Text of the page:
Iranian hackers are 'stepping up their attacks'


by | 14 May 2014

The US is their prime target, security experts warn.

Iranian hackers are stepping up their cyber attacks on US, moving from attacking US companies' websites to conducting spying activities, a report claims.

An Iranian hacking group known as the Ajax Security Team is the first to make its own malicious software as part of espionage campaigns.

The hackers are using software called "Stealer" that is designed to collect data and record keystrokes on computers, grab screen shots and steal information from web browsers and email accounts.

Ajax is responsible for a chain of attacks on US defense companies, said the report by cybersecurity company FireEye.

Recently, Ajax hackers infected computers of companies by sending emails and social media messages to attendees of the IEEE Aerospace Conference and directed them to a fake website called, which was tainted with malicious software, most likely to be Stealer.

Ajax is also targeting those Iranian nationals who are attempting to bypass the country's Internet censors to access content such as pornography and political opposition sites.

At Reuters Cybersecurity Summit, Michael Hayden, former director of the CIA and the National Security Agency, said: "I've grown to fear a nation state that would never go toe-to-toe with us in conventional combat that now suddenly finds they can arrest our attention with cyberattacks."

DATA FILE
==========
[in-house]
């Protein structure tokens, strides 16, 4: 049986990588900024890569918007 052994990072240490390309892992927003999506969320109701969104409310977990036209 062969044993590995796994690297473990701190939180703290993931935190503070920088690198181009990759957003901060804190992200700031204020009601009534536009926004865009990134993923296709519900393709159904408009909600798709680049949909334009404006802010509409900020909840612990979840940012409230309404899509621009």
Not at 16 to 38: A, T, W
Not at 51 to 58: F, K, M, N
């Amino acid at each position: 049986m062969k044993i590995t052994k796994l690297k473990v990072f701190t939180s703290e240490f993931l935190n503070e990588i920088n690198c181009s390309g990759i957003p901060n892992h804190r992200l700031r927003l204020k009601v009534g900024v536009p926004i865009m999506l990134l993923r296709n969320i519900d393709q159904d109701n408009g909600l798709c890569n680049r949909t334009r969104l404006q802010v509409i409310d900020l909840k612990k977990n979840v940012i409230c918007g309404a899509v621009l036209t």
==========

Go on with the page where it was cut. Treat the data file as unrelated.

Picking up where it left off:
Hackers have increased cyber attacks in the wake of the Stuxnet attack which hit Iran's nuclear facilities in 2010. The virus was believed to be the handiwork of US and Israeli agencies, prompting Iran to ramp up its own cyber programmes.

Earlier, Iran rejected reports by US officials alleging its involvement in attacking several banks in the US, including Bank of America, JPMorgan Chase & Co, Citigroup, Wells Fargo & Co and PNC Financial Services Group.

The hackers employed DDoS attacks, or distributed denial of service attacks, named so as the aim is to deny customers service by directing large volumes of traffic to a site until it collapses. No bank accounts were breached in the attack, though.

The report points out that though Ajax has become more political in its activities, there is no indication yet of a Stuxnet-style attack.

Speaking at the Reuters summit, Leonard Moodiwspaw, CEO of Maryland cybersecurity company, KEYW Holding Corp., said: "They are more interested in IP and taking money than in shutting anybody down."

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